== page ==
19 Grounding Need to know whether an action succeeded or failed Dialogue is also an action – a collective action performed by speaker and hearer – Common ground: set of things mutually believed by both speaker and hearer Need to achieve common ground, so hearer must ground or acknowledge speakers utterance.

20 How do speakers ground? Clark and Schaefer Continued attention: – B continues attending to A Relevant next contribution: – B starts in on next relevant contribution Acknowledgement: – B nods or says continuer like uh-huh, yeah, assessment (great!) Demonstration: – B demonstrates understanding A by paraphrasing or reformulating A’s contribution, or by collaboratively completing A’s utterance Display: – B displays verbatim all or part of A’s presentation

21 A human-human conversation

22 Grounding examples Display: – C: I need to travel in May – A: And, what day in May did you want to travel? Acknowledgement – C: He wants to fly from Boston – A: mm-hmm – C: to Baltimore Washington International – [Mm-hmm (usually transcribed “uh-huh”) is a backchannel, continuer, or acknowledgement token]

23 Grounding Examples (2) Acknowledgement + next relevant contribution – And, what day in May did you want to travel? – And you’re flying into what city? – And what time would you like to leave? The and indicates to the client that agent has successfully understood answer to the last question.

24 Grounding negative responses From Cohen et al. (2004) System: Did you want to review some more of your personal profile? Caller: No. System: Okay, what’s next? System: Did you want to review some more of your personal profile? Caller: No. System: What’s next?

25 Grounding and Dialogue Systems Grounding is not just a tidbit about humans Is key to design of conversational agent Why? – HCI researchers find users of speech-based interfaces are confused when system doesn’t give them an explicit acknowledgement signal – Stifelman et al. (1993), Yankelovich et al. (1995)

26 Example

27 Issues in discourse/dialogue Dialogue – Turn-taking – Speech act – Grounding – Dialogue management Discourse – Segmentation, coherence relations Both – Anaphora – Co-reference

28 Dialogue management A dialogue system is finalized to some purpose (e.g. a flight reservation) Unlike for discourse analysis, a structure must be determined a-priori to guide the conversation Dialogue manager: “forces” the dialogue between user and system to follow one or more structures For speech dialogue systems, most common approaches are: – Finite state dialogue manager – Frame and slot semantics – Agent-based dialogue manager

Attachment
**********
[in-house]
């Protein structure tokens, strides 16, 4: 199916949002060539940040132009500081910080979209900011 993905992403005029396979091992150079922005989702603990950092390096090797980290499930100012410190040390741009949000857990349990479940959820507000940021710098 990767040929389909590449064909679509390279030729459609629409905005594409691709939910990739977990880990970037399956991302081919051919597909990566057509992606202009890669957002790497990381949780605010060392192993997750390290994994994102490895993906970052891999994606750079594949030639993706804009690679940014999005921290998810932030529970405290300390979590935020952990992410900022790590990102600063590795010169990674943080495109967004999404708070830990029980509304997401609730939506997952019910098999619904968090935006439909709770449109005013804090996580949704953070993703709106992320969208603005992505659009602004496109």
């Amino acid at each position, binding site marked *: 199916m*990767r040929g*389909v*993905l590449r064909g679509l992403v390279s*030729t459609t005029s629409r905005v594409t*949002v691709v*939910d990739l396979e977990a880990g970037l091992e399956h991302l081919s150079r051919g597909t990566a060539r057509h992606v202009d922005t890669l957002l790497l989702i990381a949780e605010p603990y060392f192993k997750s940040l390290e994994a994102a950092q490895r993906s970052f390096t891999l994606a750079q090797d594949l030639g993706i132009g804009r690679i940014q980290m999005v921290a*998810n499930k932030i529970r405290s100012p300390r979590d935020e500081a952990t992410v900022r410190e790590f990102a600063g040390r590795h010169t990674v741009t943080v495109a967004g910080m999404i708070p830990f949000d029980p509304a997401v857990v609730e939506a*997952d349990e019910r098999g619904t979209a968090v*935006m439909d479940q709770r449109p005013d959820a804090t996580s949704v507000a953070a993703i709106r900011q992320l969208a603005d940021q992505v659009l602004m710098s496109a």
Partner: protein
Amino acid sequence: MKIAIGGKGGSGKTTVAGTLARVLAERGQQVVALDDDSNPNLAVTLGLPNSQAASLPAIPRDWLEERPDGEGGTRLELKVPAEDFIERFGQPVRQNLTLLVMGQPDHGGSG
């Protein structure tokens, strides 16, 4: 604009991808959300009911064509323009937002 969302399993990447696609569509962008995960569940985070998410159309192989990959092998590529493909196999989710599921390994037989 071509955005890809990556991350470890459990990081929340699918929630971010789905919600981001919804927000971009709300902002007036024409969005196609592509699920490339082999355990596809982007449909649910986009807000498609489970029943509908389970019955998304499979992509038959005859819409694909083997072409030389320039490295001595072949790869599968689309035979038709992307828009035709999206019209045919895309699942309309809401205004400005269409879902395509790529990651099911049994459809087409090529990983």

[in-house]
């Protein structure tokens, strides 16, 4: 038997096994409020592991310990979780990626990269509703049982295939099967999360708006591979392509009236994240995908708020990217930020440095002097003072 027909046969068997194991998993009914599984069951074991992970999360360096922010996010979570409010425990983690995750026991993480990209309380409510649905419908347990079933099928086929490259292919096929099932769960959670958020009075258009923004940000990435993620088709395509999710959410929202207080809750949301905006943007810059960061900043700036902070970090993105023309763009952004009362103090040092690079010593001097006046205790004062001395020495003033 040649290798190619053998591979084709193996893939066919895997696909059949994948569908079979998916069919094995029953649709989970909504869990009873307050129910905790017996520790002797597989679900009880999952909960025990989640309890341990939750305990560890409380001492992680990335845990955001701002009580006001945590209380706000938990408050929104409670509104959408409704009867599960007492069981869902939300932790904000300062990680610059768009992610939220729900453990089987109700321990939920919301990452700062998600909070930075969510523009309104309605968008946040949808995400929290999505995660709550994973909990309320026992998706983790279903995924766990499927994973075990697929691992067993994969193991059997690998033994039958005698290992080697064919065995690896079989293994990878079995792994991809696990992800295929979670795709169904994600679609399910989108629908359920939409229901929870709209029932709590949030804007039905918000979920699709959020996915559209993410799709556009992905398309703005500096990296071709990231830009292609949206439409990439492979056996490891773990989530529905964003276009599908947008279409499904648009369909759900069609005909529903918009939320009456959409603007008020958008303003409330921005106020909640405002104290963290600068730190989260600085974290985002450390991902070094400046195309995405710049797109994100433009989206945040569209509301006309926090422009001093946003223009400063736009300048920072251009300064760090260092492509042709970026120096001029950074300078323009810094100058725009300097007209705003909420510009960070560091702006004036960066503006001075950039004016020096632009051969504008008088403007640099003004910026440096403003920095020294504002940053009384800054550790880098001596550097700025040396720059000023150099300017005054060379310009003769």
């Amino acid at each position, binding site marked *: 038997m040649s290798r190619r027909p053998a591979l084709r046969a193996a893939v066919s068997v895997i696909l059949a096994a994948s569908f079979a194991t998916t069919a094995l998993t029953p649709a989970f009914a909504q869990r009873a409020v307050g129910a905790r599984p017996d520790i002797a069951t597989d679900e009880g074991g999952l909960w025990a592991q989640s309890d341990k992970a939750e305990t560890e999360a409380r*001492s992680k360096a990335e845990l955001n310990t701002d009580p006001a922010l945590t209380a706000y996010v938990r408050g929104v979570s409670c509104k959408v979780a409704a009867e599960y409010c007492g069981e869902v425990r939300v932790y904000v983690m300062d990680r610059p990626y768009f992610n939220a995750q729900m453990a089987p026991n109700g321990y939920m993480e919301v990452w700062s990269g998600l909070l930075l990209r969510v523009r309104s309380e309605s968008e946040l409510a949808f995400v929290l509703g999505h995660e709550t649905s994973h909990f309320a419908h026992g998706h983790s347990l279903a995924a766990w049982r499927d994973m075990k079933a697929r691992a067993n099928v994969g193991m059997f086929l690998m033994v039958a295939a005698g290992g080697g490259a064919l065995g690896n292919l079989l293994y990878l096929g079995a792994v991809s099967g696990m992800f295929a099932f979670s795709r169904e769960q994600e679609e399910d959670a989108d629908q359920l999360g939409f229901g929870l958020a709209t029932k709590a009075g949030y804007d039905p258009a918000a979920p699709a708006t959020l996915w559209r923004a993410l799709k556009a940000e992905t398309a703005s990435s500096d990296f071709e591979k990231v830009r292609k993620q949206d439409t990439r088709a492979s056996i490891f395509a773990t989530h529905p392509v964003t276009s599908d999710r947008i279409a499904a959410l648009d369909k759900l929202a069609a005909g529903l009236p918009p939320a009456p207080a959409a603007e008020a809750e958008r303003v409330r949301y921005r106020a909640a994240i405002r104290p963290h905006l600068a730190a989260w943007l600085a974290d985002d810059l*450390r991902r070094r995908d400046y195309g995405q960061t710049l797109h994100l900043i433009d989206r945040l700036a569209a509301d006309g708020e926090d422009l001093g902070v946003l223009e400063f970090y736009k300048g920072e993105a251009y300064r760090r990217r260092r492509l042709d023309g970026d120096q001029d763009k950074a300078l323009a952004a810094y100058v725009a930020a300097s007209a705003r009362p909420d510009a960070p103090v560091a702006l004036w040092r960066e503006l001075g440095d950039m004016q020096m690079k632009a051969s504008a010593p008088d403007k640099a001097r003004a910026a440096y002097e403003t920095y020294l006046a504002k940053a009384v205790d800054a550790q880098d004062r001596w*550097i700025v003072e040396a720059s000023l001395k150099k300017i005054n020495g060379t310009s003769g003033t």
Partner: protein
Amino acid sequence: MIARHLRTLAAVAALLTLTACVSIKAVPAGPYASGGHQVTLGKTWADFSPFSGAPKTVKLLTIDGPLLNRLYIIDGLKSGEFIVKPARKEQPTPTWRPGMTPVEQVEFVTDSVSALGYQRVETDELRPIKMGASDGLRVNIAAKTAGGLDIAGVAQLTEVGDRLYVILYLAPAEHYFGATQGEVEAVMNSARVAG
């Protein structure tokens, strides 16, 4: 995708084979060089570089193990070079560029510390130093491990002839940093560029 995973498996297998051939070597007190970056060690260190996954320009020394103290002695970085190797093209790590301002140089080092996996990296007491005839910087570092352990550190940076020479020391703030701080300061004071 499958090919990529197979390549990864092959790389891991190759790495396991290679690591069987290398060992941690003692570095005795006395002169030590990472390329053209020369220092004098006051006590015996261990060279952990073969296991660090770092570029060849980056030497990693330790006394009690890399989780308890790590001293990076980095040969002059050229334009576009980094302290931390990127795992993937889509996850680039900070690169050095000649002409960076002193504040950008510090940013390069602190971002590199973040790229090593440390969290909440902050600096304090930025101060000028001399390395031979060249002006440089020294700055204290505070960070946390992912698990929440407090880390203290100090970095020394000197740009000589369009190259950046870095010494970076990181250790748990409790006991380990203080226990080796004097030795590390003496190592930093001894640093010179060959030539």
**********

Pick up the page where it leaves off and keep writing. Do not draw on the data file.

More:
29 Finite-state dialogue managers System completely controls the conversation with the user. It asks the user a series of questions Ignoring (or misinterpreting) anything the user says that is not a direct answer to the system’s questions

30 Finite State Dialogue Manager

31 System forces the user to follow the structure

32 Finite-state approach Pros – simple to write – very robust and quick Cons – System direct entire conversation – User actions very limited

33 33 Frame-based Approach Frame-based system –Asks the user questions to fill slots in a template in order to perform a task (form-filling task) –Permits the user to respond more flexibly to the system’s prompts (see Example 2) –Recognizes the main concepts in the user’s utterance Example 1) System: What is your destination? User: London. System: What day do you want to travel? User: Friday Example 2) System: What is your destination? User: London on Friday around 10 in the morning. System: I have the following connection …

34 Frame/Slot semantics Show me morning flights from Boston to SF on Tuesday. SHOW: FLIGHTS: ORIGIN: CITY: Boston DATE: Tuesday TIME: morning DEST: CITY: San Francisco

35 Frame/slot Semantics (multiple sentences) – SlotQuestion – IDENTIFYWhat is your name? – ORIGINWhat city are you leaving from? – DEST Where are you going? – DEPT DATEWhat day would you like to leave? – DEPT TIMEWhat time would you like to leave? – AIRLINEWhat is your preferred airline? Use the structure of the frame itself to guide dialogue

36 36 Advantages –The ability to use natural language, multiple slot filling –The system processes the user’s over- informative answers and corrections Disadvantages –Appropriate for well-defined tasks in which the system takes the initiative in the dialog –Difficult to predict which rule is likely to fire in a particular context Frame-based approaches